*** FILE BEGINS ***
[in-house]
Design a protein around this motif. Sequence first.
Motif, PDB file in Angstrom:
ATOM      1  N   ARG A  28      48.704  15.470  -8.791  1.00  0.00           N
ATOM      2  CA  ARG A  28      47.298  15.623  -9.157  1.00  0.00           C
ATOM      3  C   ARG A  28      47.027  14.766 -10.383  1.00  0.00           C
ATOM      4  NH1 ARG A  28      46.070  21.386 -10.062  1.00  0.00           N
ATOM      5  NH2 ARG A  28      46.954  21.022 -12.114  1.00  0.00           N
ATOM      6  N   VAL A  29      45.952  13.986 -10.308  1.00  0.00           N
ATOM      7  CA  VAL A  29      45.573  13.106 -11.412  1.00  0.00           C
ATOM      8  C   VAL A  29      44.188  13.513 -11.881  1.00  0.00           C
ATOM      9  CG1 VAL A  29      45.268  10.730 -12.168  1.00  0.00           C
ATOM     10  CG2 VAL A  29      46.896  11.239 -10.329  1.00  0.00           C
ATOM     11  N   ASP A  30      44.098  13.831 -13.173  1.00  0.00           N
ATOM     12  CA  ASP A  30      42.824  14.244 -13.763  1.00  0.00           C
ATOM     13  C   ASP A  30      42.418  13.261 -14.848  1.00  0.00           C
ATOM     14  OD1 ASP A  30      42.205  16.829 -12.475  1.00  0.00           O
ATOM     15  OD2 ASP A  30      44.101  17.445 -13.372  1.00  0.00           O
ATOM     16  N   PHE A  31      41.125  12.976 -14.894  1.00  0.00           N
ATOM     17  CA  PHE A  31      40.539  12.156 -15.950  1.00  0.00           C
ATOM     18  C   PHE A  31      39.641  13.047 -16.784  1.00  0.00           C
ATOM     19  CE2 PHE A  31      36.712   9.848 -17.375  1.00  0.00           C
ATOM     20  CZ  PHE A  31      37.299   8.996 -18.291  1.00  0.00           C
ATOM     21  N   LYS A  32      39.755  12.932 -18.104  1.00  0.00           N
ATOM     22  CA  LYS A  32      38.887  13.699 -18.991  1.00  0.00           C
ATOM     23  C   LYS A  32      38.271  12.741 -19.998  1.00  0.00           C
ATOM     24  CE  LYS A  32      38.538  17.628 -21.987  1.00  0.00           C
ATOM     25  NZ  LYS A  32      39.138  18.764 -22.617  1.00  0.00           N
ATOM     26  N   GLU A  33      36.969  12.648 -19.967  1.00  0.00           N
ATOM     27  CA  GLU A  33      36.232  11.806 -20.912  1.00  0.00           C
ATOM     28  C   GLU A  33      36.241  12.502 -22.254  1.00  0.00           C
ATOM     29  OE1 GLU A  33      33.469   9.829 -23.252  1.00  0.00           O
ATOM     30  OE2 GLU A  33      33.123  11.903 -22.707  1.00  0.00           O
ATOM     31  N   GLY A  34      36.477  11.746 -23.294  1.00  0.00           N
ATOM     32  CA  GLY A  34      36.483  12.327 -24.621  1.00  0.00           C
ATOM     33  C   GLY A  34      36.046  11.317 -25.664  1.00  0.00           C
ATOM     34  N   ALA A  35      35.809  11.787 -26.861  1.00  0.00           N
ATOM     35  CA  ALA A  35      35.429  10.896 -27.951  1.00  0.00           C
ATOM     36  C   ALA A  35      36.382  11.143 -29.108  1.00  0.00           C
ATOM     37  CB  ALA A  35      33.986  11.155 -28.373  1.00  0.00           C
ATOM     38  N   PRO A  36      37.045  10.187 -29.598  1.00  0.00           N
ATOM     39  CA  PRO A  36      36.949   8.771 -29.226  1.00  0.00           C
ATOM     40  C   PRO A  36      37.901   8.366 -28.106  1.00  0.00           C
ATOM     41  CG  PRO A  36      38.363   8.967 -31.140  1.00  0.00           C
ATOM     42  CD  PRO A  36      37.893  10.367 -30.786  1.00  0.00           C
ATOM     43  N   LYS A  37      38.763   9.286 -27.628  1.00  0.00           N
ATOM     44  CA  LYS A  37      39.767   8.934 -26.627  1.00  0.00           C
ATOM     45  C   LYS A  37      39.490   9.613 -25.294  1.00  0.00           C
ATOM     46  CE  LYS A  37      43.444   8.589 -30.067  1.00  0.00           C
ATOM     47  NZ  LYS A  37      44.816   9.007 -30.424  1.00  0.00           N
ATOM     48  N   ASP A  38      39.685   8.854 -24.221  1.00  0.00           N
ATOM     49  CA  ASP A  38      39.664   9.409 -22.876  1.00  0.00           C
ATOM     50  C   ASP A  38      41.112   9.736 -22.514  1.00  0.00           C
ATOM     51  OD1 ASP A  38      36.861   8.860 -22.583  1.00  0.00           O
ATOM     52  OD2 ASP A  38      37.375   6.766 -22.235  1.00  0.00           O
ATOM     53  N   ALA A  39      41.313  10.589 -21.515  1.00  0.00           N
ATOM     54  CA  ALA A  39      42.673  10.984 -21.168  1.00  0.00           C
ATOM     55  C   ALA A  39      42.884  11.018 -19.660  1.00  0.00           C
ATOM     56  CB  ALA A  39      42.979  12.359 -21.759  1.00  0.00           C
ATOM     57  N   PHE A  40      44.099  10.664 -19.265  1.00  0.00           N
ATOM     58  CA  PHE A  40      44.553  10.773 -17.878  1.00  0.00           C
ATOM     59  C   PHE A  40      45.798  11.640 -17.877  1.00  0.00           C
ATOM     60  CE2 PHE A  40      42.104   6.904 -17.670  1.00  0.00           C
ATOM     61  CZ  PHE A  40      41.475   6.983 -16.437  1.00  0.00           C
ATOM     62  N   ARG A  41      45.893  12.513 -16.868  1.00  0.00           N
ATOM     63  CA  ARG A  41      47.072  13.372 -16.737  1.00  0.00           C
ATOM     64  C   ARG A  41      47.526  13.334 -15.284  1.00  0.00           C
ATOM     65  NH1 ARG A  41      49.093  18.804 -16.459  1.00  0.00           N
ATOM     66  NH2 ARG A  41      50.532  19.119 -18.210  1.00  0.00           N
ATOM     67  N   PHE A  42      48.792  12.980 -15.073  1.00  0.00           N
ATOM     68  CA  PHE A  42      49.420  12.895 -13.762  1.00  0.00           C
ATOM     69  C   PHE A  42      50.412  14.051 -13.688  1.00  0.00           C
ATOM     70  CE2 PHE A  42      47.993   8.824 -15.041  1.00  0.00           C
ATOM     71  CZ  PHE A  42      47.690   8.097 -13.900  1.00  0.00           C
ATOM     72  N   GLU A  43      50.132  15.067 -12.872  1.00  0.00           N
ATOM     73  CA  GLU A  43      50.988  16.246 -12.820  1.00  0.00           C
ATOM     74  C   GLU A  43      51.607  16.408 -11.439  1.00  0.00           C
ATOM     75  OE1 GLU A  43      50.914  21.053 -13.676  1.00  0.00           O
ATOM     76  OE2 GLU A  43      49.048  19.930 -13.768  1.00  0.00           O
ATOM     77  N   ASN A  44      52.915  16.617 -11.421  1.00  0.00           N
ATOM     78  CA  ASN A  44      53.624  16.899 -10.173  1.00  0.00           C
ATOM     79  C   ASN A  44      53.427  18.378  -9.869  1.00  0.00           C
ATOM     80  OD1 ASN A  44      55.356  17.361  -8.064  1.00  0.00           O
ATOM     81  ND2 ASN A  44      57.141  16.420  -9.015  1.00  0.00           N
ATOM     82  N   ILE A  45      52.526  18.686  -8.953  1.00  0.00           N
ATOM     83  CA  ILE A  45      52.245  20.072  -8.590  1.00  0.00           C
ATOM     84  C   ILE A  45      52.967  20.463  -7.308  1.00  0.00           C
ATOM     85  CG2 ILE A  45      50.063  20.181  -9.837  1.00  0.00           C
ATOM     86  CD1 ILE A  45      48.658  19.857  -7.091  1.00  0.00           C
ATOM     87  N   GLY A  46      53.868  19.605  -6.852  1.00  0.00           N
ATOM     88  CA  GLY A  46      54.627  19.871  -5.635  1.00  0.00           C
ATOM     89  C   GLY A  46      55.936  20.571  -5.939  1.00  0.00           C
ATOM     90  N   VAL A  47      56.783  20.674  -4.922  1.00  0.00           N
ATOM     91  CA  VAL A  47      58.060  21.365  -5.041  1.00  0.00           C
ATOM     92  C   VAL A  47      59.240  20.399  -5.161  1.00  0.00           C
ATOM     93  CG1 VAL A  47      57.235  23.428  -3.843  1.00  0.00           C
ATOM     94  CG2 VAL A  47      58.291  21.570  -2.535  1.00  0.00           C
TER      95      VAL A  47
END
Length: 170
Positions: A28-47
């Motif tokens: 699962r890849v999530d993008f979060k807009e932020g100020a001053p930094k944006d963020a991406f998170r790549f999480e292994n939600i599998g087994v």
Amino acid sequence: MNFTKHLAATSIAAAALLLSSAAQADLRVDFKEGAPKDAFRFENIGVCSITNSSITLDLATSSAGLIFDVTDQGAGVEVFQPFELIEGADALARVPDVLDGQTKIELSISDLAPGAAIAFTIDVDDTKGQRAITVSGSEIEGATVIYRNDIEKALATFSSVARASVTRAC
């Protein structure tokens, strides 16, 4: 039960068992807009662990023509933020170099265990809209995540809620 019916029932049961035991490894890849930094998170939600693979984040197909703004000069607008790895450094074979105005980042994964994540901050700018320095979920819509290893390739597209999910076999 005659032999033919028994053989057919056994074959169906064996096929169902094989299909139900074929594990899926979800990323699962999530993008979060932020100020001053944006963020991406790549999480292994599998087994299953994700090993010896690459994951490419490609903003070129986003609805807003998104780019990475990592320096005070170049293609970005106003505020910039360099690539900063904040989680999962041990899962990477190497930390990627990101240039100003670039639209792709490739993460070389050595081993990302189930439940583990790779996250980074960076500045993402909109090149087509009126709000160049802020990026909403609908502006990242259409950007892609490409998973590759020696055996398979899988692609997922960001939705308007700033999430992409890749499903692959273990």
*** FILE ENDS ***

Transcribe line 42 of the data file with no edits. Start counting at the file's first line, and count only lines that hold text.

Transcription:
ATOM     39  CA  PRO A  36      36.949   8.771 -29.226  1.00  0.00           C